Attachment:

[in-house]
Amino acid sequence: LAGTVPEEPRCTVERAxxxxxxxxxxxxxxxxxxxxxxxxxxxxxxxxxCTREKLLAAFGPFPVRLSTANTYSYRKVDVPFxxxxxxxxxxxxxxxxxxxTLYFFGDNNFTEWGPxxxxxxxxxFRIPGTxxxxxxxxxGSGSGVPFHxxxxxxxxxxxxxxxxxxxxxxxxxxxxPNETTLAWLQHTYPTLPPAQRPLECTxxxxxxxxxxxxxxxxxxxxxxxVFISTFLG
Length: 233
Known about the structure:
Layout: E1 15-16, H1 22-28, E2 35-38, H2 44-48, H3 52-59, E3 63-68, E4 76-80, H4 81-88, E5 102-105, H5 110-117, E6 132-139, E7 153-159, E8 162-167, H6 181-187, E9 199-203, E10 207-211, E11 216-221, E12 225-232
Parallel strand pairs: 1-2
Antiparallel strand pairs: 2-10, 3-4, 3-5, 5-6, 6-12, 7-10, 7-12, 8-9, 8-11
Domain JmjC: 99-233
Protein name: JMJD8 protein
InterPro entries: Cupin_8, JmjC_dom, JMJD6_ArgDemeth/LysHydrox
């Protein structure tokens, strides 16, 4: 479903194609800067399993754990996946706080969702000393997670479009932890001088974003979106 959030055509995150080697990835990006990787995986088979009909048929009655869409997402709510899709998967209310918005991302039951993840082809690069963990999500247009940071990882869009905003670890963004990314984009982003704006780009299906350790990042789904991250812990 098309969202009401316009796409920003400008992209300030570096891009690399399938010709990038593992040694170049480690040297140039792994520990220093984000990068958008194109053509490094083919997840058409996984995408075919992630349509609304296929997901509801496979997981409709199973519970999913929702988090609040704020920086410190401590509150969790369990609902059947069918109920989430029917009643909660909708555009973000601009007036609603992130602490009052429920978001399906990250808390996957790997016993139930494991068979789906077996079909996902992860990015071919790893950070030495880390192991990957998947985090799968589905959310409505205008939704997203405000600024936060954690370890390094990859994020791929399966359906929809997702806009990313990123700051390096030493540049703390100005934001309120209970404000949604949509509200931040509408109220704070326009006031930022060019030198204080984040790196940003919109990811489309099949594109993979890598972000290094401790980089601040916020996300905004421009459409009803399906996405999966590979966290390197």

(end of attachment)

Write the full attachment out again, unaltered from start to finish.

[in-house]
Amino acid sequence: LAGTVPEEPRCTVERAxxxxxxxxxxxxxxxxxxxxxxxxxxxxxxxxxCTREKLLAAFGPFPVRLSTANTYSYRKVDVPFxxxxxxxxxxxxxxxxxxxTLYFFGDNNFTEWGPxxxxxxxxxFRIPGTxxxxxxxxxGSGSGVPFHxxxxxxxxxxxxxxxxxxxxxxxxxxxxPNETTLAWLQHTYPTLPPAQRPLECTxxxxxxxxxxxxxxxxxxxxxxxVFISTFLG
Length: 233
Known about the structure:
Layout: E1 15-16, H1 22-28, E2 35-38, H2 44-48, H3 52-59, E3 63-68, E4 76-80, H4 81-88, E5 102-105, H5 110-117, E6 132-139, E7 153-159, E8 162-167, H6 181-187, E9 199-203, E10 207-211, E11 216-221, E12 225-232
Parallel strand pairs: 1-2
Antiparallel strand pairs: 2-10, 3-4, 3-5, 5-6, 6-12, 7-10, 7-12, 8-9, 8-11
Domain JmjC: 99-233
Protein name: JMJD8 protein
InterPro entries: Cupin_8, JmjC_dom, JMJD6_ArgDemeth/LysHydrox
């Protein structure tokens, strides 16, 4: 479903194609800067399993754990996946706080969702000393997670479009932890001088974003979106 959030055509995150080697990835990006990787995986088979009909048929009655869409997402709510899709998967209310918005991302039951993840082809690069963990999500247009940071990882869009905003670890963004990314984009982003704006780009299906350790990042789904991250812990 098309969202009401316009796409920003400008992209300030570096891009690399399938010709990038593992040694170049480690040297140039792994520990220093984000990068958008194109053509490094083919997840058409996984995408075919992630349509609304296929997901509801496979997981409709199973519970999913929702988090609040704020920086410190401590509150969790369990609902059947069918109920989430029917009643909660909708555009973000601009007036609603992130602490009052429920978001399906990250808390996957790997016993139930494991068979789906077996079909996902992860990015071919790893950070030495880390192991990957998947985090799968589905959310409505205008939704997203405000600024936060954690370890390094990859994020791929399966359906929809997702806009990313990123700051390096030493540049703390100005934001309120209970404000949604949509509200931040509408109220704070326009006031930022060019030198204080984040790196940003919109990811489309099949594109993979890598972000290094401790980089601040916020996300905004421009459409009803399906996405999966590979966290390197």